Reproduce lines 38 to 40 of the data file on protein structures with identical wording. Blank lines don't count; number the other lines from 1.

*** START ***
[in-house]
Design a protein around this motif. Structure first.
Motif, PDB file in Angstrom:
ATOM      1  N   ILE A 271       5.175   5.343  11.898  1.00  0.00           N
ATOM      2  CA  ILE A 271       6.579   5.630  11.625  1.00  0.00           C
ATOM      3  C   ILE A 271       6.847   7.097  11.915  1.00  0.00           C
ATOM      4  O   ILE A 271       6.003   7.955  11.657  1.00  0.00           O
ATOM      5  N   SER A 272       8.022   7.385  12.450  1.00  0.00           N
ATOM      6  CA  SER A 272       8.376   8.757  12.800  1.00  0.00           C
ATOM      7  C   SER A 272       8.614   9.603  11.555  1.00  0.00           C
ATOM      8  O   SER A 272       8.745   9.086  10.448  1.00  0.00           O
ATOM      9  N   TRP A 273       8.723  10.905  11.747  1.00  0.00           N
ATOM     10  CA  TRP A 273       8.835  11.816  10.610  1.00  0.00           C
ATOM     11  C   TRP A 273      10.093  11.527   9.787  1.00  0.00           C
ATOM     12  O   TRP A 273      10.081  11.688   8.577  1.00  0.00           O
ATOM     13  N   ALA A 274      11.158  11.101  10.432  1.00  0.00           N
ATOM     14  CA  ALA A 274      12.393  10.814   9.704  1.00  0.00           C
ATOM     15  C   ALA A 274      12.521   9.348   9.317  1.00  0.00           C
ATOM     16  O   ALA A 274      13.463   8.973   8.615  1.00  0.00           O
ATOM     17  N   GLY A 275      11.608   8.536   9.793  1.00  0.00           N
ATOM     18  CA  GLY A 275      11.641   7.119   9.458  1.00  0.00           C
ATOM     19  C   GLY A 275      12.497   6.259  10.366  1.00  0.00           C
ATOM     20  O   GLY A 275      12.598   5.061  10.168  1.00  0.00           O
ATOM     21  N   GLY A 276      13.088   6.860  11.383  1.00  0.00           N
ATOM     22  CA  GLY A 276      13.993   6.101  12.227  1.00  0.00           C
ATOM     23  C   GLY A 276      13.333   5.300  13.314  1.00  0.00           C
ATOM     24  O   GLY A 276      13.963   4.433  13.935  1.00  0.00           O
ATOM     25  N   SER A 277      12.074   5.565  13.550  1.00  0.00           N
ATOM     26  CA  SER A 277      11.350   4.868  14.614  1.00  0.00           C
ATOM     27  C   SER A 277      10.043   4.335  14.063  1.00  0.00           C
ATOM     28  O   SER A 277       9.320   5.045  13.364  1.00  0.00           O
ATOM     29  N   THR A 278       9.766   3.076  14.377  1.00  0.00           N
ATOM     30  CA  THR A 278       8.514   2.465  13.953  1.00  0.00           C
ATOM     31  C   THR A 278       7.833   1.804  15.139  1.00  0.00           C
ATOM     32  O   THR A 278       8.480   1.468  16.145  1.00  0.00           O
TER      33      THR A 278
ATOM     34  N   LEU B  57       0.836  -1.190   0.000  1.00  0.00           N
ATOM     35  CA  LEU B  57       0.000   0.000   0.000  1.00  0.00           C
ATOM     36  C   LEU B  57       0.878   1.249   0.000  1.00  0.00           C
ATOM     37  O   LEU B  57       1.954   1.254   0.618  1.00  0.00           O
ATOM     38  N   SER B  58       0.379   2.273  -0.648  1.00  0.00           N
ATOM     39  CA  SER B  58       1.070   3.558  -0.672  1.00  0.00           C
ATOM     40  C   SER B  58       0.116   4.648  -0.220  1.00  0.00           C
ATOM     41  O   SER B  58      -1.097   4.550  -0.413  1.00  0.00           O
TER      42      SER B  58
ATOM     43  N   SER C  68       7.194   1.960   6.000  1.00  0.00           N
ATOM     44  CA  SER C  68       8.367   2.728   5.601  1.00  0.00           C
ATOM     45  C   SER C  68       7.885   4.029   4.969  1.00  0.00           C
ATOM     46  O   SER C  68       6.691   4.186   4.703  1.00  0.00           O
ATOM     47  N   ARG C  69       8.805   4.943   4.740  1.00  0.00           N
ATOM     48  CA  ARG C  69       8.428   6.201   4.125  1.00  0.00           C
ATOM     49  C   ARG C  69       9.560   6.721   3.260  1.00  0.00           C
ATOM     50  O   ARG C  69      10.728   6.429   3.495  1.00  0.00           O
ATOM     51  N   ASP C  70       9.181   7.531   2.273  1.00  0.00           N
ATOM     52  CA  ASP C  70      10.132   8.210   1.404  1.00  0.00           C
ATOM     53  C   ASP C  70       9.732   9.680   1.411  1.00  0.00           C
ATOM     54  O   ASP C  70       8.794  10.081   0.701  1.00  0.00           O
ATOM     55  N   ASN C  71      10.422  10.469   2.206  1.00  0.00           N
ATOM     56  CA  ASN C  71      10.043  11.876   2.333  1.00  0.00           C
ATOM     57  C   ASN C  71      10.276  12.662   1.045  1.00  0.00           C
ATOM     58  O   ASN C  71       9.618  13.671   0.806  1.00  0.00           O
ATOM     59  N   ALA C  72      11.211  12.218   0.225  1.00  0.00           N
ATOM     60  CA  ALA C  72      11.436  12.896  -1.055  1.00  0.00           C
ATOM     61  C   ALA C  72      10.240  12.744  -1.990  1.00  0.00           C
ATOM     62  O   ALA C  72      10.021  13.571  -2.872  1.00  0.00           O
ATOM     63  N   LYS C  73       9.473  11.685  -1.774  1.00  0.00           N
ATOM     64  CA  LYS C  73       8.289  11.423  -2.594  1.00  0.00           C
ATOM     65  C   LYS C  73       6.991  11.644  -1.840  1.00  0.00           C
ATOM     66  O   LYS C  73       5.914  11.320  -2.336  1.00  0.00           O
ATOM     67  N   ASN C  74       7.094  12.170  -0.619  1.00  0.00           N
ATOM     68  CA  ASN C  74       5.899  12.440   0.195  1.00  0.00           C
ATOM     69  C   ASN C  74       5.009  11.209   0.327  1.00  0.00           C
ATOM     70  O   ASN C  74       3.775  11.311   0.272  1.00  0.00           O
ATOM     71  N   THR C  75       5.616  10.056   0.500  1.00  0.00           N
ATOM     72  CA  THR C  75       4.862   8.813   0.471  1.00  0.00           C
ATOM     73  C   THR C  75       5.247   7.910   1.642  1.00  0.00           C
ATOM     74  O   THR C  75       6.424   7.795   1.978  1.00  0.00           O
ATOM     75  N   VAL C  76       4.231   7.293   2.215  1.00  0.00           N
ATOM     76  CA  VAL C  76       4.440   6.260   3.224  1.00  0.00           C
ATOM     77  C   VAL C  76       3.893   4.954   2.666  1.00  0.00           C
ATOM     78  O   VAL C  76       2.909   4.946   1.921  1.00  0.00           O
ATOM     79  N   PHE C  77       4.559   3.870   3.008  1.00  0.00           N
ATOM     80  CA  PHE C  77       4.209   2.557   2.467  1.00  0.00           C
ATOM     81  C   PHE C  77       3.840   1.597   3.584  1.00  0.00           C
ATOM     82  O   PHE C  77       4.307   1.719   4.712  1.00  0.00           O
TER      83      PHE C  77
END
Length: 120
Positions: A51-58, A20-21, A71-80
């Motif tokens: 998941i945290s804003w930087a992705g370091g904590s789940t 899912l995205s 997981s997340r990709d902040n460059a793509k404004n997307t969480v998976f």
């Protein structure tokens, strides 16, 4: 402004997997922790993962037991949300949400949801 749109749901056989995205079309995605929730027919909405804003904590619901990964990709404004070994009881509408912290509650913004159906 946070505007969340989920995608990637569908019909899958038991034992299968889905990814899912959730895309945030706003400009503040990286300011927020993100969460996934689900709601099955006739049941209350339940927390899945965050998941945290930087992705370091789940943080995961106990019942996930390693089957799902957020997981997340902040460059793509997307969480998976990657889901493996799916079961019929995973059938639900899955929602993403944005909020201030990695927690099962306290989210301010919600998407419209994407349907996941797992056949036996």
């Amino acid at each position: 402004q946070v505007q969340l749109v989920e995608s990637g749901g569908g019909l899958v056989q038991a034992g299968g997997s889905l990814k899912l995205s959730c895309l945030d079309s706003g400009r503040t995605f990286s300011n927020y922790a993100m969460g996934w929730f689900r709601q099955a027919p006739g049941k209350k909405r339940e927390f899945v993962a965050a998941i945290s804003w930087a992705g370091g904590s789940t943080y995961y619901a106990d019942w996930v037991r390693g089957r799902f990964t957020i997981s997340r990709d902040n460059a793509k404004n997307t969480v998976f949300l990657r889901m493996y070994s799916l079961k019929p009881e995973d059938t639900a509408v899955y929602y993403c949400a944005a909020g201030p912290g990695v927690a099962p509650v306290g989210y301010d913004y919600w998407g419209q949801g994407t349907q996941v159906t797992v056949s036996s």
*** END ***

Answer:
ATOM     35  CA  LEU B  57       0.000   0.000   0.000  1.00  0.00           C
ATOM     36  C   LEU B  57       0.878   1.249   0.000  1.00  0.00           C
ATOM     37  O   LEU B  57       1.954   1.254   0.618  1.00  0.00           O